Rich, my car is a Toyota as well, and carries a similar rating (1,600 pounds). I tow a 13' Scamp
with it. My trailer weighs just about 1,200 pounds empty (with full propane
tank). That is without a battery
onboard. My wife and I carry about 200 pounds of gear with us... so it is getting close to 1,400 pounds.
There are folks on here who claim to carry 600-1,000 pounds of stuff with them when they camp. I'm not sure what they carry with them... but it is pretty easy to pack light
. You can always go to a grocery store near the campground to pick up food and water if you really need to lower the travel weight
Three other things I will share with you:
1) The claimed weight
of most trailers is less than the actual weight
. This is true throughout the RV world.
2) Tongue weight is usually fairly high on these little fiberglass trailers. Small cars like yours and mine prefer to have less weight on the rear suspension. In Europe, they usually recommend 5% of the trailer weight on the tongue. Here in the US, the recommendation is 10%. I reduced the tongue weight on my Scamp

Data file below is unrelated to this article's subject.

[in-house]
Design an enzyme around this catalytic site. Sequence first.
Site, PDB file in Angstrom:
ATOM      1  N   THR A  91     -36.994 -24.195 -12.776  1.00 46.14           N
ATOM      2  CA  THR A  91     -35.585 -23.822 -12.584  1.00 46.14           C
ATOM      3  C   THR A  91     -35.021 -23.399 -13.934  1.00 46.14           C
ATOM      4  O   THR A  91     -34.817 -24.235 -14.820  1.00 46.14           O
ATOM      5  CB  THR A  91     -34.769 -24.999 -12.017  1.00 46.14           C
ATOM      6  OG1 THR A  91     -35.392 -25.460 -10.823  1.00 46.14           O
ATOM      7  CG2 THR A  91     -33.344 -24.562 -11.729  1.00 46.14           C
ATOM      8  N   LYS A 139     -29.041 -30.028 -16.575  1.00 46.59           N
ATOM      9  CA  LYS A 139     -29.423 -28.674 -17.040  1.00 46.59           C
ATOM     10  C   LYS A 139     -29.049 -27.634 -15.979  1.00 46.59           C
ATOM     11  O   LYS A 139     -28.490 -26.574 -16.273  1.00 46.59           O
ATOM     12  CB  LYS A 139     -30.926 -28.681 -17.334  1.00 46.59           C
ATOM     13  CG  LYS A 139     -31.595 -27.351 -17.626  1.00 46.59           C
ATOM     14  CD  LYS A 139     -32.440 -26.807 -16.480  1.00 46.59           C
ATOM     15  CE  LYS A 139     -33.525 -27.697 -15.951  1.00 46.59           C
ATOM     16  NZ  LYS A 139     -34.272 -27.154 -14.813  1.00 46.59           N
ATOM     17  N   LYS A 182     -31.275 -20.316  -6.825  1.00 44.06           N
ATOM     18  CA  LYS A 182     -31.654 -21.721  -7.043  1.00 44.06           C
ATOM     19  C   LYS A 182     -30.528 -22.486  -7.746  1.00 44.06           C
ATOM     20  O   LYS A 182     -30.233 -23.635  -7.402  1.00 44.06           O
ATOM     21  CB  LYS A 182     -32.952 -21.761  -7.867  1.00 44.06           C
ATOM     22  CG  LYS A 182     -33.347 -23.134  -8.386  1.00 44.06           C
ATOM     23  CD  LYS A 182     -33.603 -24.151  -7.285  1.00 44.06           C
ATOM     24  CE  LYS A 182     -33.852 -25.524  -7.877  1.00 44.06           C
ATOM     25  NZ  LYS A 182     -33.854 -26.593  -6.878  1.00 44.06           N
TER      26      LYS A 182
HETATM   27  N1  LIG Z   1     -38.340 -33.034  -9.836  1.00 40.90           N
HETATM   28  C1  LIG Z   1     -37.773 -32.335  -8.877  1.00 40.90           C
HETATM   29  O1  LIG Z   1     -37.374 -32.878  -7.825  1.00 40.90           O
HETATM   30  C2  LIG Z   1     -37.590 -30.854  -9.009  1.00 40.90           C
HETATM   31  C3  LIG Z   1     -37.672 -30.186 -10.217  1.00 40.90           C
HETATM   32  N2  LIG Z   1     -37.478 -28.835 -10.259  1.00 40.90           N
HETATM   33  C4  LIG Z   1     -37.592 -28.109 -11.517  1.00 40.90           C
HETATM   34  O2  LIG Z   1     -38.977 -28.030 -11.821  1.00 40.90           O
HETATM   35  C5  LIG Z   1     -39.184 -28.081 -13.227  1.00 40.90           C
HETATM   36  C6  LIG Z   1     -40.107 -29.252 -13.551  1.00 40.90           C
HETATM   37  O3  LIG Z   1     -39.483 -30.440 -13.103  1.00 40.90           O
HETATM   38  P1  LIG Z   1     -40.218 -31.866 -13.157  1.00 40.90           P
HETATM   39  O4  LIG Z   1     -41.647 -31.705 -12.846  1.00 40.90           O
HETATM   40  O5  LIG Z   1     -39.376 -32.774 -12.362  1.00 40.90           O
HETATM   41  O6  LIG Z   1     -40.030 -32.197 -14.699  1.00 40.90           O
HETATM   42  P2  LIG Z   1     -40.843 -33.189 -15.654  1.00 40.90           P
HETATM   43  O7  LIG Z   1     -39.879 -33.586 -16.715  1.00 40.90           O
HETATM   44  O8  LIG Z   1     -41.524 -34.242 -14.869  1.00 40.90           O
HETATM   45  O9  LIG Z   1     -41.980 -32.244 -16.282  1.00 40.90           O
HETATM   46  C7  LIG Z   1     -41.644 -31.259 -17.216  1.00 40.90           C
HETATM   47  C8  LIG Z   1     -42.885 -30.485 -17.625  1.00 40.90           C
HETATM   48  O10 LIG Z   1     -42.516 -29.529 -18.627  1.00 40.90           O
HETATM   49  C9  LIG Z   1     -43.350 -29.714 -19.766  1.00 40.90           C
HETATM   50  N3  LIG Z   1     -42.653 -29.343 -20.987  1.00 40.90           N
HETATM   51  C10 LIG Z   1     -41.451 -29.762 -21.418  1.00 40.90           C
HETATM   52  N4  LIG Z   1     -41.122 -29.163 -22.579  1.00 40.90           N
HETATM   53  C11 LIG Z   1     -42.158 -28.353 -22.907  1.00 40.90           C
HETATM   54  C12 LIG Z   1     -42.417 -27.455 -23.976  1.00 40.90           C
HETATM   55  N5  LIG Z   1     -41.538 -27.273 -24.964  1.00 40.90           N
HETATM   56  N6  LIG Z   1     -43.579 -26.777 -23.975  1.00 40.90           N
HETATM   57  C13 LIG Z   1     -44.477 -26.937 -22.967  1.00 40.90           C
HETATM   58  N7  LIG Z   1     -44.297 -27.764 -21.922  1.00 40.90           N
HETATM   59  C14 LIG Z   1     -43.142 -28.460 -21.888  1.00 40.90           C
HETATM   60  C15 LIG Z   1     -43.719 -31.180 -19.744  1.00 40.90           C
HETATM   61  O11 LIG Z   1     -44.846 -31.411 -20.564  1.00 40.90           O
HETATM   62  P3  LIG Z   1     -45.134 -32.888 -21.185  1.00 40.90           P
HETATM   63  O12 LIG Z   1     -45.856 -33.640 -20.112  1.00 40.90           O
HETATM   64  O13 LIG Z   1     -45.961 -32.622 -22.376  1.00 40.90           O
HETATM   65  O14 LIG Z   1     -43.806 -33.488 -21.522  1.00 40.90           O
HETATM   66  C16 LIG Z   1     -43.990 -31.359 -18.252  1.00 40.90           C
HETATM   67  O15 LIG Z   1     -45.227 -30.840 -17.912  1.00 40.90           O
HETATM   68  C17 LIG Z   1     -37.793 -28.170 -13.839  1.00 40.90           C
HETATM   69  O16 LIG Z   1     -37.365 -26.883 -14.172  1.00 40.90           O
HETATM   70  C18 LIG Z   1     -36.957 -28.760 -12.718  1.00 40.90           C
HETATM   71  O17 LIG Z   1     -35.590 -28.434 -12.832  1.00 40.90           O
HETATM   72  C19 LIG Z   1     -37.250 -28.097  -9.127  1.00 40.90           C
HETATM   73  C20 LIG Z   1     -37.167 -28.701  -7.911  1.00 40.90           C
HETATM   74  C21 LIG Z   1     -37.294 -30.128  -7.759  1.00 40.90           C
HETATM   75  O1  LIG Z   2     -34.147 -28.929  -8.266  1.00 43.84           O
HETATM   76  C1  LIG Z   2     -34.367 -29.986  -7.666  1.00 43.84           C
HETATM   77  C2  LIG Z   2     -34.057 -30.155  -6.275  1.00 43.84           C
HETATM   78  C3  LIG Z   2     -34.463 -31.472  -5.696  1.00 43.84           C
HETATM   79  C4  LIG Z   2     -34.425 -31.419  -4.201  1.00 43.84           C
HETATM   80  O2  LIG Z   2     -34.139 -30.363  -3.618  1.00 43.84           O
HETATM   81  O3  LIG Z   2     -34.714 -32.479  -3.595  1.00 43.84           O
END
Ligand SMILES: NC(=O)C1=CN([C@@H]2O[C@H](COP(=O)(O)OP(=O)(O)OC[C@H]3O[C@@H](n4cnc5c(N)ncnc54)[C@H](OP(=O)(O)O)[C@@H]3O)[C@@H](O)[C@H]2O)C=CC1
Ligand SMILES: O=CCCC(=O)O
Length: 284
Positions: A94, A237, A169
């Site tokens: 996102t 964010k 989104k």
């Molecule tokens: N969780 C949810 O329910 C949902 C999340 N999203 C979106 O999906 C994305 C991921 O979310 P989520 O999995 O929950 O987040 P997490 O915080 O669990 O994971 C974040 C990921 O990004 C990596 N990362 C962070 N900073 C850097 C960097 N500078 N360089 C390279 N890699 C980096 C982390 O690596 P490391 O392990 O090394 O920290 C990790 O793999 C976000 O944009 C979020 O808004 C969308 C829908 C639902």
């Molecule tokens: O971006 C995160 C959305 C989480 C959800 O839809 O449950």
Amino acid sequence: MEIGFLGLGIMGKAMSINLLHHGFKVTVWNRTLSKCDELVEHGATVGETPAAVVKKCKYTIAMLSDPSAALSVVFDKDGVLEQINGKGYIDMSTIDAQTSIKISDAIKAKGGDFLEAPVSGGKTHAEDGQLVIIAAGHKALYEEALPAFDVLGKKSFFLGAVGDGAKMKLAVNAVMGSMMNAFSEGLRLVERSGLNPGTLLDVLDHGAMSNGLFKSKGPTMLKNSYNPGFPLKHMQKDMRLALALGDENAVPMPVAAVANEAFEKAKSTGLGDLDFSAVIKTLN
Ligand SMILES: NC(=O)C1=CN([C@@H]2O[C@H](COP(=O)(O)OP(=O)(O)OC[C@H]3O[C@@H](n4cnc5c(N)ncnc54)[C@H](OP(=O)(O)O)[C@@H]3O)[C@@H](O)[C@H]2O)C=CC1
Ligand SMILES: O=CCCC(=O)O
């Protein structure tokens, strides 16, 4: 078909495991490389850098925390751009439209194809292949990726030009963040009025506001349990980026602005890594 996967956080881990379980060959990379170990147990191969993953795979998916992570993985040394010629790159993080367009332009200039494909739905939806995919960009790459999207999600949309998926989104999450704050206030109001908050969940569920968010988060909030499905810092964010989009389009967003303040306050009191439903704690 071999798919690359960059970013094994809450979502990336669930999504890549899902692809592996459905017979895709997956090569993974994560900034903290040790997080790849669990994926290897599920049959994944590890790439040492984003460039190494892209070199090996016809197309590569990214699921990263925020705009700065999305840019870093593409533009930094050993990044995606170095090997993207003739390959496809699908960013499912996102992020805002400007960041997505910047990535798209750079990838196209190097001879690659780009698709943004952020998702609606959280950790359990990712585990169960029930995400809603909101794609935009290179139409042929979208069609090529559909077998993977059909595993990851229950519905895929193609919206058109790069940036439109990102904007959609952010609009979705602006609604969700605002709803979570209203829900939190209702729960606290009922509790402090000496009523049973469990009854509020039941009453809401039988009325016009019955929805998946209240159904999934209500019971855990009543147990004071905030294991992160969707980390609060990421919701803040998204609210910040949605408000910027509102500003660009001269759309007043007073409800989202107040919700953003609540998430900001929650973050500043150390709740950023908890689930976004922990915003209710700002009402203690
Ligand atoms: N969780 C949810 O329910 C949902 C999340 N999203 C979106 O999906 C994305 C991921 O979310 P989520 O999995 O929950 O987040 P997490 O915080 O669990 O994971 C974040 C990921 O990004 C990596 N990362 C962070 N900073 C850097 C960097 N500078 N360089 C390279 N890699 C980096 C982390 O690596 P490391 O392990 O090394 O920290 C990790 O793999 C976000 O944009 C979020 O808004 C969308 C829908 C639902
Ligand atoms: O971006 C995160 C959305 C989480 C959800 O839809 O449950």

from around 15% to around 10% and the difference in ride quality is VERY noticeable.
3) Check the recommended tire pressure for your particular tires
and the weight the trailer is putting on them. My tires
have a max pressure of 50 PSI, but for the actual weight of the Scamp
, they recommend between 15 and 20 PSI. I lowered them from 35 PSI to 20 PSI and the trailer bounces a lot less, and the tires
do not run hot at this pressure. Tires running too hot is a sign that the tire pressure is too low. I am not doing anything odd here, I am actually going by Scamp's and the tire manufacturer's recommendation. You will hear a lot of people say that you should run the max pressure allowable, but you will feel a lot of bouncing and jerking... especially with a smaller car. And I can't imagine that all that bouncing is good for the trailer frame, suspension, coupler, or your camping gear inside.